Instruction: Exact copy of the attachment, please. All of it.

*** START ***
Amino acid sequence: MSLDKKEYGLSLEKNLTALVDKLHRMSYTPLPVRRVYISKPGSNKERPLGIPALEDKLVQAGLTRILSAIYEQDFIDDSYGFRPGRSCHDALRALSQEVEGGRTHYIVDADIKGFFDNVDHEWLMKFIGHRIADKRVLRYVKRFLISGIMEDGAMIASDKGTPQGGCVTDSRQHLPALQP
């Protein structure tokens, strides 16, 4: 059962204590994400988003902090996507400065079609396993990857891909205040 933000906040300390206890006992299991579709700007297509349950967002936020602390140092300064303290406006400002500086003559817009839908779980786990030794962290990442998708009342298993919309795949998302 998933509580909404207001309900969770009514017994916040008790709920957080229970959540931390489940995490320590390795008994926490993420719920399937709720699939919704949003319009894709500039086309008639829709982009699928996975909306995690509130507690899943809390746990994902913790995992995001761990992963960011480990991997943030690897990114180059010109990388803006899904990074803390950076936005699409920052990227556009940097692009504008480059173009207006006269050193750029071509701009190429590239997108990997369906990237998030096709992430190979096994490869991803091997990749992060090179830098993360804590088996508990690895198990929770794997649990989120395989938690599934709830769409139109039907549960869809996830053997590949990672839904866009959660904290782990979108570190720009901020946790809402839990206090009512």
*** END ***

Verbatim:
Amino acid sequence: MSLDKKEYGLSLEKNLTALVDKLHRMSYTPLPVRRVYISKPGSNKERPLGIPALEDKLVQAGLTRILSAIYEQDFIDDSYGFRPGRSCHDALRALSQEVEGGRTHYIVDADIKGFFDNVDHEWLMKFIGHRIADKRVLRYVKRFLISGIMEDGAMIASDKGTPQGGCVTDSRQHLPALQP
């Protein structure tokens, strides 16, 4: 059962204590994400988003902090996507400065079609396993990857891909205040 933000906040300390206890006992299991579709700007297509349950967002936020602390140092300064303290406006400002500086003559817009839908779980786990030794962290990442998708009342298993919309795949998302 998933509580909404207001309900969770009514017994916040008790709920957080229970959540931390489940995490320590390795008994926490993420719920399937709720699939919704949003319009894709500039086309008639829709982009699928996975909306995690509130507690899943809390746990994902913790995992995001761990992963960011480990991997943030690897990114180059010109990388803006899904990074803390950076936005699409920052990227556009940097692009504008480059173009207006006269050193750029071509701009190429590239997108990997369906990237998030096709992430190979096994490869991803091997990749992060090179830098993360804590088996508990690895198990929770794997649990989120395989938690599934709830769409139109039907549960869809996830053997590949990672839904866009959660904290782990979108570190720009901020946790809402839990206090009512």